Who says Washington isn’t a baseball town?
Sports talk radio listeners have heard a barrage of callers debating the merits of re-signing Nationals slugger Alfonso Soriano versus trading him during the last week.
It’s the kind of talk normally expected in cities like Boston and Chicago, but now it’s come here. And for that, you can thank (or blame) Soriano and the Nationals for their stunning late May/early June turnaround.
All of a sudden, everyone’s asking the same question: Can we keep Soriano, please?
Let’s cut right to the chase: No.
Sorry if that was a tad harsh, but unfortunately it’s the truth. As tempting as the thought of re-signing Soriano might be, it’s just not likely to happen. Let’s explain …
Soriano, a pending free agent at the end of the season, is having a career year, one in which he is on pace for 58 home runs and 38 stolen bases. Those kind of numbers are going to command big bucks in the offseason, perhaps something in the range of five years and $65 million.
Sound a little outrageous? Not really. Consider some recent long-term deals signed by the game’s biggest sluggers: David Ortiz of the Red Sox (four years, $52 million), J.D. Drew of the Dodgers (five years, $55 million), Paul Konerko of the White Sox (five years, $60 million) and Vladimir Guerrero of the Angels (five years, $70 million). Soriano easily falls into that category.
So it’s going to take a boatload of cash to keep him in a curly W cap. So what, some say? Give him the money, he’s worth it.
Don’t forget the other part of the equation: Soriano has to want to re-sign. At the moment, it’s not clear if he does. He’s made some vague statements about liking the city and the team but not being comfortable in left field and not wanting to make a decision until the offseason.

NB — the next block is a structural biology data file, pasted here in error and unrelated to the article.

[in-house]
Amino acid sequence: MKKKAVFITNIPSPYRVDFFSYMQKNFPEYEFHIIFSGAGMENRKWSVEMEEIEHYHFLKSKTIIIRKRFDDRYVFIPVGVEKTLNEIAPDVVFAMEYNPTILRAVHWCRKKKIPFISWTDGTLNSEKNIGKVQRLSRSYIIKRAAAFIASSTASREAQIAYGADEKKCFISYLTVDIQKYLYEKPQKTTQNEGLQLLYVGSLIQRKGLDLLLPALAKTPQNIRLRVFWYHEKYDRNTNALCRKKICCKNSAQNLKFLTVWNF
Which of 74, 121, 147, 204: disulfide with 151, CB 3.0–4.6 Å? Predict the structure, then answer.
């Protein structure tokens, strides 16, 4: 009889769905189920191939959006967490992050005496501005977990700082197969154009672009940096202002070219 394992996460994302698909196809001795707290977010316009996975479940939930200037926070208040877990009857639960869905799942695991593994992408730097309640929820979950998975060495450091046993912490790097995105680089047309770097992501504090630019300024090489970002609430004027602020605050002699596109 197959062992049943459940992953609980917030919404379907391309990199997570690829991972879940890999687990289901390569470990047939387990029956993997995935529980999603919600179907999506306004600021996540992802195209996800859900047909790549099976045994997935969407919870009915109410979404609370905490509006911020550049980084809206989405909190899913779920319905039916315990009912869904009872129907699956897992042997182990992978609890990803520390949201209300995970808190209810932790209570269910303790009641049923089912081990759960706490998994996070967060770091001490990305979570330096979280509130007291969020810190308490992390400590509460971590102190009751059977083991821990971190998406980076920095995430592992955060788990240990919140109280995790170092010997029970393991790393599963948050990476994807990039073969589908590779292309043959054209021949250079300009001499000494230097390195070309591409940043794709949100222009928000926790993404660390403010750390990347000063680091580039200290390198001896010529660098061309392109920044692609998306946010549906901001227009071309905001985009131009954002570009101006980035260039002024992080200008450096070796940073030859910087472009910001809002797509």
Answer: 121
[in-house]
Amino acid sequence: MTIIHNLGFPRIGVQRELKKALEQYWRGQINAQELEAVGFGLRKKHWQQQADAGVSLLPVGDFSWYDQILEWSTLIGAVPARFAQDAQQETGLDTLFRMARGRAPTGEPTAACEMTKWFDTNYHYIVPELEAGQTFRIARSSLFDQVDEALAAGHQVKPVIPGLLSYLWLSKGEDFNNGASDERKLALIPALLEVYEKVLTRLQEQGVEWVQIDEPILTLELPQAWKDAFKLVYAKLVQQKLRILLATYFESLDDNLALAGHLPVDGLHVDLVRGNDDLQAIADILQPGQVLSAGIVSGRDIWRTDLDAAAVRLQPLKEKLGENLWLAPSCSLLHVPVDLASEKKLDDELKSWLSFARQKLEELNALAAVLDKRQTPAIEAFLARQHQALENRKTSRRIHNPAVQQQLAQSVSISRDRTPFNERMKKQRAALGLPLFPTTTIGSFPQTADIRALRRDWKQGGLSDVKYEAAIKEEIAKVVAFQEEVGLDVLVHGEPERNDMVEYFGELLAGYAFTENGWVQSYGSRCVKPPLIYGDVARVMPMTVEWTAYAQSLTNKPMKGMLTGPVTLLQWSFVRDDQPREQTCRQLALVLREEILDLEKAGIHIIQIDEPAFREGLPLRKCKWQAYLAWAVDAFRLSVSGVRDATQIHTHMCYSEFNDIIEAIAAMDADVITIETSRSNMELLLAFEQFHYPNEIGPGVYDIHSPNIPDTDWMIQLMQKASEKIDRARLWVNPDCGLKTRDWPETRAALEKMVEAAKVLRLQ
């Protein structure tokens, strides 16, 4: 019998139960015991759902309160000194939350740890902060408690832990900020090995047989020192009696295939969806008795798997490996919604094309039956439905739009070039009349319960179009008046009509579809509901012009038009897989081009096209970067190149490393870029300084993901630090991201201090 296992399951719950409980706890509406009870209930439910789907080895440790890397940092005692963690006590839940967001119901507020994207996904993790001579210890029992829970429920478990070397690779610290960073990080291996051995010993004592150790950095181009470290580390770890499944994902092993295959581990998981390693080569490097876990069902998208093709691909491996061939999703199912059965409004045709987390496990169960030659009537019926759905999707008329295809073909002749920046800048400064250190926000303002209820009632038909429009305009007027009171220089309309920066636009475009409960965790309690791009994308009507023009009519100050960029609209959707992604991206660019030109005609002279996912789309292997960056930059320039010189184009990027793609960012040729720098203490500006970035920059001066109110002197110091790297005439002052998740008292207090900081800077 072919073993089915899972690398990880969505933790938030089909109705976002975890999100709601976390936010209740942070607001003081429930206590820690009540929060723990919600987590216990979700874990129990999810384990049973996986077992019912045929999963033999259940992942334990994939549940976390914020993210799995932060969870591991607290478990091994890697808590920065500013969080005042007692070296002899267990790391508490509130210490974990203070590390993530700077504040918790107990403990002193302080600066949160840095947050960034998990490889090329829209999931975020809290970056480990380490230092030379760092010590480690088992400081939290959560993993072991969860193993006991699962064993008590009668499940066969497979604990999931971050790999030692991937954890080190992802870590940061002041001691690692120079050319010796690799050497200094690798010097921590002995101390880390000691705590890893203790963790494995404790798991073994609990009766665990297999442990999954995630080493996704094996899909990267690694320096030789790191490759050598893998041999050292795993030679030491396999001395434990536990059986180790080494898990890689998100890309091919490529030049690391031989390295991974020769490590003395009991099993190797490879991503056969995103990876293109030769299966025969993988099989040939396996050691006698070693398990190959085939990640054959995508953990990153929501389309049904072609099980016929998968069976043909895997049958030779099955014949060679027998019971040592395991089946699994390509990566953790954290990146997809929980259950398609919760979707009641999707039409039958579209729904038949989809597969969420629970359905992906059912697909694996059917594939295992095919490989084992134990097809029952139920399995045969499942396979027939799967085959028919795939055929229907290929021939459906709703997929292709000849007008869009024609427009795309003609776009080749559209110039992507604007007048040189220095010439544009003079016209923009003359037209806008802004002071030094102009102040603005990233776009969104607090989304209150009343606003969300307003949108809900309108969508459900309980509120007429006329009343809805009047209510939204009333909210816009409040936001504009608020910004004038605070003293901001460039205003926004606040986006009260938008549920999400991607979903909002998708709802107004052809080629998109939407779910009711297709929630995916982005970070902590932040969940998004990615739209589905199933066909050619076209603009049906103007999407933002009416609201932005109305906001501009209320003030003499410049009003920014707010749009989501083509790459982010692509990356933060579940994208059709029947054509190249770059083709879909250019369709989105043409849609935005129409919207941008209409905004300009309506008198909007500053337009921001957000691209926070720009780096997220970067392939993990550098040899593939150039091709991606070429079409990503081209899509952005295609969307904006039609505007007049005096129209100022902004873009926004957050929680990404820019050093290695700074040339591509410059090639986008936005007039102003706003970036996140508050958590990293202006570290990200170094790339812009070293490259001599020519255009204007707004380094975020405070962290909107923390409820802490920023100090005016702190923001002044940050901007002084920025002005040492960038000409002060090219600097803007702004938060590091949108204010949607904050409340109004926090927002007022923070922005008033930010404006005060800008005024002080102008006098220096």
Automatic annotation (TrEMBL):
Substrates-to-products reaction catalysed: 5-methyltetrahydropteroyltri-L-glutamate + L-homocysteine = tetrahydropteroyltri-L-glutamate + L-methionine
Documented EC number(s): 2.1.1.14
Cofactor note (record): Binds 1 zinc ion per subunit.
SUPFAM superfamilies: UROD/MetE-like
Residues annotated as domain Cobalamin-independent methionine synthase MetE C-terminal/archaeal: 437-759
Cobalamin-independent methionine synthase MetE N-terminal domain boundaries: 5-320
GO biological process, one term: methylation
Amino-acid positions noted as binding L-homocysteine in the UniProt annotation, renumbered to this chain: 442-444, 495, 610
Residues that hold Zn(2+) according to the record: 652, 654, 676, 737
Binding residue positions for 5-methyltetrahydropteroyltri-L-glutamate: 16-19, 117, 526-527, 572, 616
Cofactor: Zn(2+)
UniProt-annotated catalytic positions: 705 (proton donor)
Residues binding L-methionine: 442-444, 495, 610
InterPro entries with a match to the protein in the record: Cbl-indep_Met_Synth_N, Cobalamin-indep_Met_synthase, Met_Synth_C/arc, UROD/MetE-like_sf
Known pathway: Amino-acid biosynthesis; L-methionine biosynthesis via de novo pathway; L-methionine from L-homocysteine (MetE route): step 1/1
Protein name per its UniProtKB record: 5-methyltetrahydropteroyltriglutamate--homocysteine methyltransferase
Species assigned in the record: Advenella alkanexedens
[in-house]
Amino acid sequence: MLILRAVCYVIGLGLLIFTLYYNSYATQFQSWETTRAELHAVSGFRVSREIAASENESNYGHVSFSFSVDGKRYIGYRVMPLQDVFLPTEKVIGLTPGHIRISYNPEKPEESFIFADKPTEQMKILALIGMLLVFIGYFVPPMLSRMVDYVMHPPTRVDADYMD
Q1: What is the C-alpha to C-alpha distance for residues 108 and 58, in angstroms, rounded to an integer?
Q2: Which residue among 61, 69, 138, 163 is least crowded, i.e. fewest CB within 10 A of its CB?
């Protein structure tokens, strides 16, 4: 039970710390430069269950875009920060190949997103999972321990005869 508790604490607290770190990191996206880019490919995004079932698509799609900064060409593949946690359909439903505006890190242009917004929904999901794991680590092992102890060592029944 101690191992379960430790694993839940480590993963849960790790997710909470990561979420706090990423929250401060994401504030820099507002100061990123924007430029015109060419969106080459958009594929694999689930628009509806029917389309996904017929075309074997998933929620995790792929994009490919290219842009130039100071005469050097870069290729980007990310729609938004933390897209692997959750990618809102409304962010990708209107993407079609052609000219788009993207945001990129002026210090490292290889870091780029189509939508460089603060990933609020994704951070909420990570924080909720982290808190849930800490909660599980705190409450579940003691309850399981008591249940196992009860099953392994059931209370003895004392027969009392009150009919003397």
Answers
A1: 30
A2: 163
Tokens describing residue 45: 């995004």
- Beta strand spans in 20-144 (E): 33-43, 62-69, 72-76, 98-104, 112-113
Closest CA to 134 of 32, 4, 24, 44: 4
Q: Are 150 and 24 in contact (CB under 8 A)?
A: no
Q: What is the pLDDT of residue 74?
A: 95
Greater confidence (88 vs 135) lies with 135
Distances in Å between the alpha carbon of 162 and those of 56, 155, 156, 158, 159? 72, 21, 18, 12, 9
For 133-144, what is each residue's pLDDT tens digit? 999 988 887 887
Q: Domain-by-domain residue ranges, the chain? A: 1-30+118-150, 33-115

There’s the key phrase: Not wanting to make a decision until the offseason. Soriano has little motivation to sign an extension now, not when he knows he can have his choice of teams come December. And it’s not like he owes the Nationals the courtesy of talking contract now, not the way he feels he was treated by general manager Jim Bowden and the organization during spring training. A handful of people close to Soriano say he’ll flat-out refuse to come back, if Bowden still is GM.
The Nationals can’t wait until the winter to negotiate with Soriano. They can’t take the chance he’ll wind up signing elsewhere and leave them with nothing in return (aside from a compensatory draft pick). Remember: Bowden traded Brad Wilkerson, Terrmel Sledge and prospect Armando Galarraga to acquire Soriano in the first place. In the end, he has to be able to say he got something of value in exchange for all that.
Who cares about getting something in return when Washington has a chance to make a real run at the pennant thanks to this surprising upturn? Take the fan’s cap off for a moment and think about this rationally.
The Nationals aren’t going to the playoffs. There’s just too much ground to make up. To win the NL East, they need to win 95 games. And to win 95 games, they would have to go 66-33 the rest of the way. That’s right: They would have to win two of three against every remaining opponent on the schedule.
It’s not going to happen.
Too many major league clubs get fooled by their own hint of success. They think it’s important to try to win 81 games every year. Well, 81 wins doesn’t mean the playoffs. And the difference between 81 and 95 is larger than most think.
Could the Nationals keep playing well, keep Soriano and wind up winning 81 to 85 games this season? Sure. But which is better: An 81-win team that loses Soriano to free agency, or a 70-win team with a couple top prospects who give them a chance to win 95 games in 2008?
The choice is obvious. As painful as it might be, the Nationals should trade Alfonso Soriano.
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